Hawi (magician), a film for which director Ibrahim El Batout won the award for best Arab film in the Doha Tribeca Film Festival, follows the same style of his previous feature films Ithaki and Ein Shams.
The movie relays several interrelated stories and spreads them out in separate compact moments. The link between all the fragments is a bleak, yet calm mood, due mainly to its location in the city of Alexandria.
The characters cross paths, but are all drawn in their own world and misery. Something about the anguish of each character is similar, stemming from the same origin. It is the agony of loneliness and detachment, which is reflected in the film’s pacing and camera work.
There is Youssef, who is released from a five-year solitary imprisonment at the beginning of the film and asked by an authoritative voice to retrieve some documents in ten days. What kind of documents remains a mystery throughout the whole film, perhaps one weakness of the film.
There is a great deal of mystery in the lives of Batout’s characters and a general sense of ambiguity in the film.
“I left some things unknown so the viewers would use their imagination and think up of different possibilities,” Batout said. “This way the film would mean something different for each viewer.”
Other characters include Jaafar, the owner of a sick horse, who roams with him around the streets of Alexandria; Fady, the coach of a band; Aya, the introverted guitar player whose aunt teaches piano; Yasmine, the daughter of Youssef, a young blind girl with a beautiful voice taking lessons with Aya’s aunt; Hanan, a sophisticated belly-dancer, who is dancing out of passion and condemned by society for doing so and Insaneya, literally meaning “humanity,” who is linked to most of the characters.
Batotut, going by his real name, Ibrahim, also plays the absent father of Aya.
“I chose to play this character because it’s a personal story,” said Batout.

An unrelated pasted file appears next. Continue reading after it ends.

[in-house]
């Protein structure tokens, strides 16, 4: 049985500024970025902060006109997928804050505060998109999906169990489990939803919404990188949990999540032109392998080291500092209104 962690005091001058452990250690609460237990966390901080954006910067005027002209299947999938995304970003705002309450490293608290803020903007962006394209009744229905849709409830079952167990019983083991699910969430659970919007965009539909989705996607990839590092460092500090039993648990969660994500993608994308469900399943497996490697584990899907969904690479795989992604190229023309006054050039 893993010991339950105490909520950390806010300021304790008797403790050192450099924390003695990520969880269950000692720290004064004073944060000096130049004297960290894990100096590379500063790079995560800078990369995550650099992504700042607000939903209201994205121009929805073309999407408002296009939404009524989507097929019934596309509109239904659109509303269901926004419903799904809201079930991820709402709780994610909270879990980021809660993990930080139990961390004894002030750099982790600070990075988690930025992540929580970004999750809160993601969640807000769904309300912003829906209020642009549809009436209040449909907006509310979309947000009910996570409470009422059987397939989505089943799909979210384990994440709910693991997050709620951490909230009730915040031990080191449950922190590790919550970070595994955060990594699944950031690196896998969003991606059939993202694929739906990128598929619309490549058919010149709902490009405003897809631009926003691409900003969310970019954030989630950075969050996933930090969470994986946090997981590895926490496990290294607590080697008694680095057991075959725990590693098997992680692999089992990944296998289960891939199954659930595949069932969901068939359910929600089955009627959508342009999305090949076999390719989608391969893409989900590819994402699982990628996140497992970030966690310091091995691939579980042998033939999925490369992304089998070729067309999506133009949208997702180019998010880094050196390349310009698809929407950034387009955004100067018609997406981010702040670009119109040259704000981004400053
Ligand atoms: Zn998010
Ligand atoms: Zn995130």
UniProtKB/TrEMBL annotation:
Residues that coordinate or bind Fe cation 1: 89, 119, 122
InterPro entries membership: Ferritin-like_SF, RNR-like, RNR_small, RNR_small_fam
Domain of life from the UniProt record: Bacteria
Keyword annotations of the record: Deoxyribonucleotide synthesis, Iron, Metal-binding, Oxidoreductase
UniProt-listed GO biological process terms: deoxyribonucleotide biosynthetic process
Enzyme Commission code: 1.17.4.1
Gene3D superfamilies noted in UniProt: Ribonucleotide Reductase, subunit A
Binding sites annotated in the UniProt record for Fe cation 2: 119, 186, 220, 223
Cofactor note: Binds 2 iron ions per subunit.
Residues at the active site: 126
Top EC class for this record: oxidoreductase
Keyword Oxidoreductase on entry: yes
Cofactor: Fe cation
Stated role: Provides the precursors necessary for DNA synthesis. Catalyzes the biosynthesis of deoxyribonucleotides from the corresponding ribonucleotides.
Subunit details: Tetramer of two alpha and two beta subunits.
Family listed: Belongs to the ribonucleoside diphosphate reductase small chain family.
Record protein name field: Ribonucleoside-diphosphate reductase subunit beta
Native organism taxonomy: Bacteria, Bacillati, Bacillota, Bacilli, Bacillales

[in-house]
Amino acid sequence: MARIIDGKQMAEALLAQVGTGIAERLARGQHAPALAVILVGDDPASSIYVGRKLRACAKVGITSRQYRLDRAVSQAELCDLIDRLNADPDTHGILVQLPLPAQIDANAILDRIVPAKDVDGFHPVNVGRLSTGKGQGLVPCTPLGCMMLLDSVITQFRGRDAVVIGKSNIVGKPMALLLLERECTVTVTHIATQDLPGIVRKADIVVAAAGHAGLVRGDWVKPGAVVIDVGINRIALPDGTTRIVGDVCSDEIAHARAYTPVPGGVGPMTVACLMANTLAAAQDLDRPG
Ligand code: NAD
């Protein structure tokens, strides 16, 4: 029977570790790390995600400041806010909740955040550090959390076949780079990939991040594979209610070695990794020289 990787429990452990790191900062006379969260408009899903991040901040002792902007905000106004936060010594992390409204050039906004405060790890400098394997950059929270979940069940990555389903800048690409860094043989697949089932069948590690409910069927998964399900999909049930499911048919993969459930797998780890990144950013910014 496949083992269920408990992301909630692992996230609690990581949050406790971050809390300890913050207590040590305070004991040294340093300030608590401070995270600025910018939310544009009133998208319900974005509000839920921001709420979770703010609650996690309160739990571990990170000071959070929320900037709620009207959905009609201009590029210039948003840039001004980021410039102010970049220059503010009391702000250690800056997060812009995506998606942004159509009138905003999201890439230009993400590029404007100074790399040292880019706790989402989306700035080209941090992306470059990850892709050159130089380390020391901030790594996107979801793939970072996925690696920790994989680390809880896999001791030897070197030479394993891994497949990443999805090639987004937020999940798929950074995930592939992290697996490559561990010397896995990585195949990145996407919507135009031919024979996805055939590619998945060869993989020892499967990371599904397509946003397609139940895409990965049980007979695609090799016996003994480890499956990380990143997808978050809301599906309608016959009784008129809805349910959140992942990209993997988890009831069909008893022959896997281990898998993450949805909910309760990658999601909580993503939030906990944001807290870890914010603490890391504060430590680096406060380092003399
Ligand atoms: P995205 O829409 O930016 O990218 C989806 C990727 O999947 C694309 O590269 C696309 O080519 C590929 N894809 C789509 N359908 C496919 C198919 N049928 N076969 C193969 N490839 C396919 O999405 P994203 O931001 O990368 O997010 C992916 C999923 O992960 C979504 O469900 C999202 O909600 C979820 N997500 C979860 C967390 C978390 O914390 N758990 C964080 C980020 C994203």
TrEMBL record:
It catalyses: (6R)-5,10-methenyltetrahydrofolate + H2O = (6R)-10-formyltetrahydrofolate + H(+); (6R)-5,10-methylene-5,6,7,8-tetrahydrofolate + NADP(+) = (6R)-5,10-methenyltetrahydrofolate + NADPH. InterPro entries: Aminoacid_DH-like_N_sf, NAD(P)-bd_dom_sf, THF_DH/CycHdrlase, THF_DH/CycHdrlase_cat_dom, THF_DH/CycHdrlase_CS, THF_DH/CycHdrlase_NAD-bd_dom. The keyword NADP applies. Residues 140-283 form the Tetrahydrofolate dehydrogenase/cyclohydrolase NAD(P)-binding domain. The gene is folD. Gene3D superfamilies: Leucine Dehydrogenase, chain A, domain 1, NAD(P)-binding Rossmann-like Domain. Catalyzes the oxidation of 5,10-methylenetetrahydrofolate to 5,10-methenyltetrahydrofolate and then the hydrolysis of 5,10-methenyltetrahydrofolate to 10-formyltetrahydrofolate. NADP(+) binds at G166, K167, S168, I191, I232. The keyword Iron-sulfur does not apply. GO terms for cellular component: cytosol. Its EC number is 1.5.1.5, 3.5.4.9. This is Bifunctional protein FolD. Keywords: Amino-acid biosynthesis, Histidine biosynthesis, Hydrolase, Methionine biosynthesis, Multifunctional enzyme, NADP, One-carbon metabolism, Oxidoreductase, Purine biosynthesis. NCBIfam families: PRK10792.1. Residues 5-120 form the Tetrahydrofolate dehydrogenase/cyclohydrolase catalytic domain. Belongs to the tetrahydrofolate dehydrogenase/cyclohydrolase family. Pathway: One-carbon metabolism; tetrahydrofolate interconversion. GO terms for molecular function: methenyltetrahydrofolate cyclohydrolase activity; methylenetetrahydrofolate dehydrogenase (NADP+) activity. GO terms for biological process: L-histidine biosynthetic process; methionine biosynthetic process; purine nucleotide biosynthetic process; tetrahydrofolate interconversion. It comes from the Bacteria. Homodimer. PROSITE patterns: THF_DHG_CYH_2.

This is evident. His level of involvement in the part is very strong, especially in the scene where he appears for the first time at Aya’s aunt’s door after a long period away from Egypt.
One dominant yet subtle theme that appears throughout is authoritarianism, which comes out in different forms and circumstances.
Alexandria is presented beautifully in the film and the colours of the city are woven deftly throughout the different stories. Music plays a large role in the film, with most characters using it music as a therapeutic tool. In one scene Yasmine is told by her piano teacher to learn its language so as to confide in it. In another, Jaafar is in his room with the horse when the music of Om Kalthoum begins to play. “Does she get to you too?” Jaafar asks the horse.
The film itself is inspired by the song, Hawi, by the band Massar Egbary, who appear in the film as themselves. The song describes the characters' situations perfectly when it says, "I have become a magician, accustomed to not expressing my feelings. I have learned to pull a loaf of bread from the heart of poverty."
In the film’s final scene the band gets on Jaafar’s cart to shoot a music as Aya follows them with a camera, her aunt and Fady close behind. Ibrahim watches them from afar, standing by the dock and leaning on a boat. Next to him there is another boat turned upside down. The scene has a fantastical feel reminiscent of the final scene in Fellini’s 8 ½, where all the characters gather for a final parade. So too, Batout’s characters are gathered together in the end, not for a parade, but a melancholy walk.
Batout has just finished shooting his film starring Amr Waked, which revolves around three individuals. Two are romantically involved and the third is a state security officer. The events transpire from a young man’s confinement by state security until the January 25 uprising.
Several other projects are on Batout’s agenda, like ¼ gram, based on a novel by the same name about drug addiction. Batout will be facing the challenge of trying not to portray drugs in an enticing light while at the same time avoiding a tone of preachiness.
His approach for shooting the film will be slightly different since it has a script, unlike his previous works. Until now, his approach to filmmaking has been to tell the actors about the nature of the situation they’re in and the conversation they will be having before shooting a scene, leaving them to improvise.
Other projects in mind are Ali Meaza (Ali Goat) about a guy who believes that his dead girlfriend is reincarnated in a goat and 20 September, which will take place in Bosnia, Italy and Egypt in the years of 1992 and 2020. Batout has covered the war in Bosnia in the past.
Batout won the international relations ARTE prize for the script-in-progress of Ali Meaza at the last Dubai International Film Festival (DIFF).